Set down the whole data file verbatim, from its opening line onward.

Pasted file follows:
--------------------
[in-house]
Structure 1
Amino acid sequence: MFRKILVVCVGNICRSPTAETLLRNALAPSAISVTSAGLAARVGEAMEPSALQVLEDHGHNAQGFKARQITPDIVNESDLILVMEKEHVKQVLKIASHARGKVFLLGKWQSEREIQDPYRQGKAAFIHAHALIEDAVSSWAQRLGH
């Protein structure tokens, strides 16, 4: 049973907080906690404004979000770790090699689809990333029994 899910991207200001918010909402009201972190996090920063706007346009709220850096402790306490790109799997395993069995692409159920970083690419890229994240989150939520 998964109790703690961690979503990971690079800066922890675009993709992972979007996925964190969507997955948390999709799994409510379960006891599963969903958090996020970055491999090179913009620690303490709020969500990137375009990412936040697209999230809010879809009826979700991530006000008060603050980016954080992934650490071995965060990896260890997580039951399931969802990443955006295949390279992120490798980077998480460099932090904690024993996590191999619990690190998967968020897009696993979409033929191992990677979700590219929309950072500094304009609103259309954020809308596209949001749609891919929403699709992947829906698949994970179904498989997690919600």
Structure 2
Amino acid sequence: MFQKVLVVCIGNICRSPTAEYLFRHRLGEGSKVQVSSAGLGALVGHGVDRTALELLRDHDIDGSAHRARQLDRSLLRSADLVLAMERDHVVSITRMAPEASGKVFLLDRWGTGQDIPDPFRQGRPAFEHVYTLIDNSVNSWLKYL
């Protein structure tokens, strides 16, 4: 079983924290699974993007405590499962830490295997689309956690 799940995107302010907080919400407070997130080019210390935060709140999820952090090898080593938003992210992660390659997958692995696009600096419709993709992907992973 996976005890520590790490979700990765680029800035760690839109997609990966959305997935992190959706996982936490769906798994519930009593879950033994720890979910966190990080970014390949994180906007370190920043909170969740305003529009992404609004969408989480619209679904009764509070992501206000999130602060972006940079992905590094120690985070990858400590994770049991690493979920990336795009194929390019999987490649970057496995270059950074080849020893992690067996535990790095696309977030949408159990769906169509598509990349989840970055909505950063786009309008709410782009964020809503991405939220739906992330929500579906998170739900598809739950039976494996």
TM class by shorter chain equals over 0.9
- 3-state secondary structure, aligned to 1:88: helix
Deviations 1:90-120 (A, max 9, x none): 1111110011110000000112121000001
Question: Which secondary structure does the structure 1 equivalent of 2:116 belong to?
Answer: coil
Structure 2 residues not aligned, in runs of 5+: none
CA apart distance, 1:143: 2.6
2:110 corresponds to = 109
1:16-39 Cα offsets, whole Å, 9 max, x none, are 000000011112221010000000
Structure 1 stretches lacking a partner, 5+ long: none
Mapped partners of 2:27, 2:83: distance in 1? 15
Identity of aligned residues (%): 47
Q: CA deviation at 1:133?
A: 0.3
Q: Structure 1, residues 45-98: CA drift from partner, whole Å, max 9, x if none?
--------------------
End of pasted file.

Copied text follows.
[in-house]
Structure 1
Amino acid sequence: MFRKILVVCVGNICRSPTAETLLRNALAPSAISVTSAGLAARVGEAMEPSALQVLEDHGHNAQGFKARQITPDIVNESDLILVMEKEHVKQVLKIASHARGKVFLLGKWQSEREIQDPYRQGKAAFIHAHALIEDAVSSWAQRLGH
């Protein structure tokens, strides 16, 4: 049973907080906690404004979000770790090699689809990333029994 899910991207200001918010909402009201972190996090920063706007346009709220850096402790306490790109799997395993069995692409159920970083690419890229994240989150939520 998964109790703690961690979503990971690079800066922890675009993709992972979007996925964190969507997955948390999709799994409510379960006891599963969903958090996020970055491999090179913009620690303490709020969500990137375009990412936040697209999230809010879809009826979700991530006000008060603050980016954080992934650490071995965060990896260890997580039951399931969802990443955006295949390279992120490798980077998480460099932090904690024993996590191999619990690190998967968020897009696993979409033929191992990677979700590219929309950072500094304009609103259309954020809308596209949001749609891919929403699709992947829906698949994970179904498989997690919600």
Structure 2
Amino acid sequence: MFQKVLVVCIGNICRSPTAEYLFRHRLGEGSKVQVSSAGLGALVGHGVDRTALELLRDHDIDGSAHRARQLDRSLLRSADLVLAMERDHVVSITRMAPEASGKVFLLDRWGTGQDIPDPFRQGRPAFEHVYTLIDNSVNSWLKYL
């Protein structure tokens, strides 16, 4: 079983924290699974993007405590499962830490295997689309956690 799940995107302010907080919400407070997130080019210390935060709140999820952090090898080593938003992210992660390659997958692995696009600096419709993709992907992973 996976005890520590790490979700990765680029800035760690839109997609990966959305997935992190959706996982936490769906798994519930009593879950033994720890979910966190990080970014390949994180906007370190920043909170969740305003529009992404609004969408989480619209679904009764509070992501206000999130602060972006940079992905590094120690985070990858400590994770049991690493979920990336795009194929390019999987490649970057496995270059950074080849020893992690067996535990790095696309977030949408159990769906169509598509990349989840970055909505950063786009309008709410782009964020809503991405939220739906992330929500579906998170739900598809739950039976494996």
TM class by shorter chain equals over 0.9
- 3-state secondary structure, aligned to 1:88: helix
Deviations 1:90-120 (A, max 9, x none): 1111110011110000000112121000001
Question: Which secondary structure does the structure 1 equivalent of 2:116 belong to?
Answer: coil
Structure 2 residues not aligned, in runs of 5+: none
CA apart distance, 1:143: 2.6
2:110 corresponds to = 109
1:16-39 Cα offsets, whole Å, 9 max, x none, are 000000011112221010000000
Structure 1 stretches lacking a partner, 5+ long: none
Mapped partners of 2:27, 2:83: distance in 1? 15
Identity of aligned residues (%): 47
Q: CA deviation at 1:133?
A: 0.3
Q: Structure 1, residues 45-98: CA drift from partner, whole Å, max 9, x if none?